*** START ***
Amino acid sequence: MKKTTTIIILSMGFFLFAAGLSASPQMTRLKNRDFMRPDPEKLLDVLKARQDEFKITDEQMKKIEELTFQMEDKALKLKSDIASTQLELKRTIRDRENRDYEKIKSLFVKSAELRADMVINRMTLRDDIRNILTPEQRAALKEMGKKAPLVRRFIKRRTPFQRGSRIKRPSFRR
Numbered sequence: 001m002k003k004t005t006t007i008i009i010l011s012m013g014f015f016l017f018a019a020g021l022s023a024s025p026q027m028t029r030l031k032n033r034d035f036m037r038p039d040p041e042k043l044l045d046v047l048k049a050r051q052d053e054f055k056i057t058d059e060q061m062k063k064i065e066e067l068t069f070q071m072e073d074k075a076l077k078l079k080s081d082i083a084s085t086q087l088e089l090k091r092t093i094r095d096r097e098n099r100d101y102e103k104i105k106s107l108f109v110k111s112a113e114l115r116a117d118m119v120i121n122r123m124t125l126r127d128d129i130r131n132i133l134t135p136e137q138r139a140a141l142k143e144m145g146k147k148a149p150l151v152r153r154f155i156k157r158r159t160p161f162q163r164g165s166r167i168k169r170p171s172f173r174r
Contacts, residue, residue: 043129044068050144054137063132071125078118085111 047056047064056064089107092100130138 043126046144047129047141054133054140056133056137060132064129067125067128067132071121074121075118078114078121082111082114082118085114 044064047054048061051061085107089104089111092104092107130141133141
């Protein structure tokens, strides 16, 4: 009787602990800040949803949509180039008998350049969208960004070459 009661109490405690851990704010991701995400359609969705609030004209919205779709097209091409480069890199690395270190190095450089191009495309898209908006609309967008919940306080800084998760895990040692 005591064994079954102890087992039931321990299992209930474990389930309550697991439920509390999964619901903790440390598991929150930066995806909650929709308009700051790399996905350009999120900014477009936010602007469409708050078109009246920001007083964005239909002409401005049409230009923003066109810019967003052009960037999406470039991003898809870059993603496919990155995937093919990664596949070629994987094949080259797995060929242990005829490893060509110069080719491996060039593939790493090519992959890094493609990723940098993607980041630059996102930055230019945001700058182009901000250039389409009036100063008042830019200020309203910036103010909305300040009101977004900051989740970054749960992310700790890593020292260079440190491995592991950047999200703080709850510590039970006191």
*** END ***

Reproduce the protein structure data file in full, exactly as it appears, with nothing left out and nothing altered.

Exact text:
Amino acid sequence: MKKTTTIIILSMGFFLFAAGLSASPQMTRLKNRDFMRPDPEKLLDVLKARQDEFKITDEQMKKIEELTFQMEDKALKLKSDIASTQLELKRTIRDRENRDYEKIKSLFVKSAELRADMVINRMTLRDDIRNILTPEQRAALKEMGKKAPLVRRFIKRRTPFQRGSRIKRPSFRR
Numbered sequence: 001m002k003k004t005t006t007i008i009i010l011s012m013g014f015f016l017f018a019a020g021l022s023a024s025p026q027m028t029r030l031k032n033r034d035f036m037r038p039d040p041e042k043l044l045d046v047l048k049a050r051q052d053e054f055k056i057t058d059e060q061m062k063k064i065e066e067l068t069f070q071m072e073d074k075a076l077k078l079k080s081d082i083a084s085t086q087l088e089l090k091r092t093i094r095d096r097e098n099r100d101y102e103k104i105k106s107l108f109v110k111s112a113e114l115r116a117d118m119v120i121n122r123m124t125l126r127d128d129i130r131n132i133l134t135p136e137q138r139a140a141l142k143e144m145g146k147k148a149p150l151v152r153r154f155i156k157r158r159t160p161f162q163r164g165s166r167i168k169r170p171s172f173r174r
Contacts, residue, residue: 043129044068050144054137063132071125078118085111 047056047064056064089107092100130138 043126046144047129047141054133054140056133056137060132064129067125067128067132071121074121075118078114078121082111082114082118085114 044064047054048061051061085107089104089111092104092107130141133141
């Protein structure tokens, strides 16, 4: 009787602990800040949803949509180039008998350049969208960004070459 009661109490405690851990704010991701995400359609969705609030004209919205779709097209091409480069890199690395270190190095450089191009495309898209908006609309967008919940306080800084998760895990040692 005591064994079954102890087992039931321990299992209930474990389930309550697991439920509390999964619901903790440390598991929150930066995806909650929709308009700051790399996905350009999120900014477009936010602007469409708050078109009246920001007083964005239909002409401005049409230009923003066109810019967003052009960037999406470039991003898809870059993603496919990155995937093919990664596949070629994987094949080259797995060929242990005829490893060509110069080719491996060039593939790493090519992959890094493609990723940098993607980041630059996102930055230019945001700058182009901000250039389409009036100063008042830019200020309203910036103010909305300040009101977004900051989740970054749960992310700790890593020292260079440190491995592991950047999200703080709850510590039970006191």